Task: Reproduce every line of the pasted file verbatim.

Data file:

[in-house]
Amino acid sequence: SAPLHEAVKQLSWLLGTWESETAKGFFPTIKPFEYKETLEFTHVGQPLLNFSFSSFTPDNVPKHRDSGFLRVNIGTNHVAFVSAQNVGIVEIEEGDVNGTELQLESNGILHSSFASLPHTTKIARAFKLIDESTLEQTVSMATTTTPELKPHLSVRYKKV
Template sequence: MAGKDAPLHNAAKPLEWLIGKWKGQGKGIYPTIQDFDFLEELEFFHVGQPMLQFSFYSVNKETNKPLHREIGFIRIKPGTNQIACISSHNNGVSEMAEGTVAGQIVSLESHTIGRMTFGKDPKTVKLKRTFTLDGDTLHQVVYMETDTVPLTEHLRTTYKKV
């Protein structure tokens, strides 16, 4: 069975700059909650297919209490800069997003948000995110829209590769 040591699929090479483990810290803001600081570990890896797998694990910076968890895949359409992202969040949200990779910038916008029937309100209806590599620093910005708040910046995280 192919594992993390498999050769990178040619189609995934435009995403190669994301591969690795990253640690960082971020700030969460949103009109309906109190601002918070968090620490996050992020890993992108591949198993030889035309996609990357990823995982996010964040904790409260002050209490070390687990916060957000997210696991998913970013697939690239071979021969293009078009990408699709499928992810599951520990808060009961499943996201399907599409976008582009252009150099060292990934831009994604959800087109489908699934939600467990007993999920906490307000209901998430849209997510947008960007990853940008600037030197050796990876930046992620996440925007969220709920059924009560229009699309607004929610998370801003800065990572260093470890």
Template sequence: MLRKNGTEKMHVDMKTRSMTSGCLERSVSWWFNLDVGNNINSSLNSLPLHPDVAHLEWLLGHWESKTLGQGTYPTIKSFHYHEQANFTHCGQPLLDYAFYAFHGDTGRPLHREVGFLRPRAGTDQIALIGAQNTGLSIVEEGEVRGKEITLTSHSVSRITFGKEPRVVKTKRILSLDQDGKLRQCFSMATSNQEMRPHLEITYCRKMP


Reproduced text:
[in-house]
Amino acid sequence: SAPLHEAVKQLSWLLGTWESETAKGFFPTIKPFEYKETLEFTHVGQPLLNFSFSSFTPDNVPKHRDSGFLRVNIGTNHVAFVSAQNVGIVEIEEGDVNGTELQLESNGILHSSFASLPHTTKIARAFKLIDESTLEQTVSMATTTTPELKPHLSVRYKKV
Template sequence: MAGKDAPLHNAAKPLEWLIGKWKGQGKGIYPTIQDFDFLEELEFFHVGQPMLQFSFYSVNKETNKPLHREIGFIRIKPGTNQIACISSHNNGVSEMAEGTVAGQIVSLESHTIGRMTFGKDPKTVKLKRTFTLDGDTLHQVVYMETDTVPLTEHLRTTYKKV
């Protein structure tokens, strides 16, 4: 069975700059909650297919209490800069997003948000995110829209590769 040591699929090479483990810290803001600081570990890896797998694990910076968890895949359409992202969040949200990779910038916008029937309100209806590599620093910005708040910046995280 192919594992993390498999050769990178040619189609995934435009995403190669994301591969690795990253640690960082971020700030969460949103009109309906109190601002918070968090620490996050992020890993992108591949198993030889035309996609990357990823995982996010964040904790409260002050209490070390687990916060957000997210696991998913970013697939690239071979021969293009078009990408699709499928992810599951520990808060009961499943996201399907599409976008582009252009150099060292990934831009994604959800087109489908699934939600467990007993999920906490307000209901998430849209997510947008960007990853940008600037030197050796990876930046992620996440925007969220709920059924009560229009699309607004929610998370801003800065990572260093470890």
Template sequence: MLRKNGTEKMHVDMKTRSMTSGCLERSVSWWFNLDVGNNINSSLNSLPLHPDVAHLEWLLGHWESKTLGQGTYPTIKSFHYHEQANFTHCGQPLLDYAFYAFHGDTGRPLHREVGFLRPRAGTDQIALIGAQNTGLSIVEEGEVRGKEITLTSHSVSRITFGKEPRVVKTKRILSLDQDGKLRQCFSMATSNQEMRPHLEITYCRKMP